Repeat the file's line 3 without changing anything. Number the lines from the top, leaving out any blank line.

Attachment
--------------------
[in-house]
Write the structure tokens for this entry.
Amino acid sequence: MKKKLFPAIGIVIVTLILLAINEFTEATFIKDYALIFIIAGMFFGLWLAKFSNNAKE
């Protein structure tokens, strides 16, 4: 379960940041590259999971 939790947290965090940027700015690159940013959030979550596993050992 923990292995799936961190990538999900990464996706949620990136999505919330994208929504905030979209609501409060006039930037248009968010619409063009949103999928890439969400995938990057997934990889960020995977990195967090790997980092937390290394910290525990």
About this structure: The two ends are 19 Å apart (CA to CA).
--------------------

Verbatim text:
Amino acid sequence: MKKKLFPAIGIVIVTLILLAINEFTEATFIKDYALIFIIAGMFFGLWLAKFSNNAKE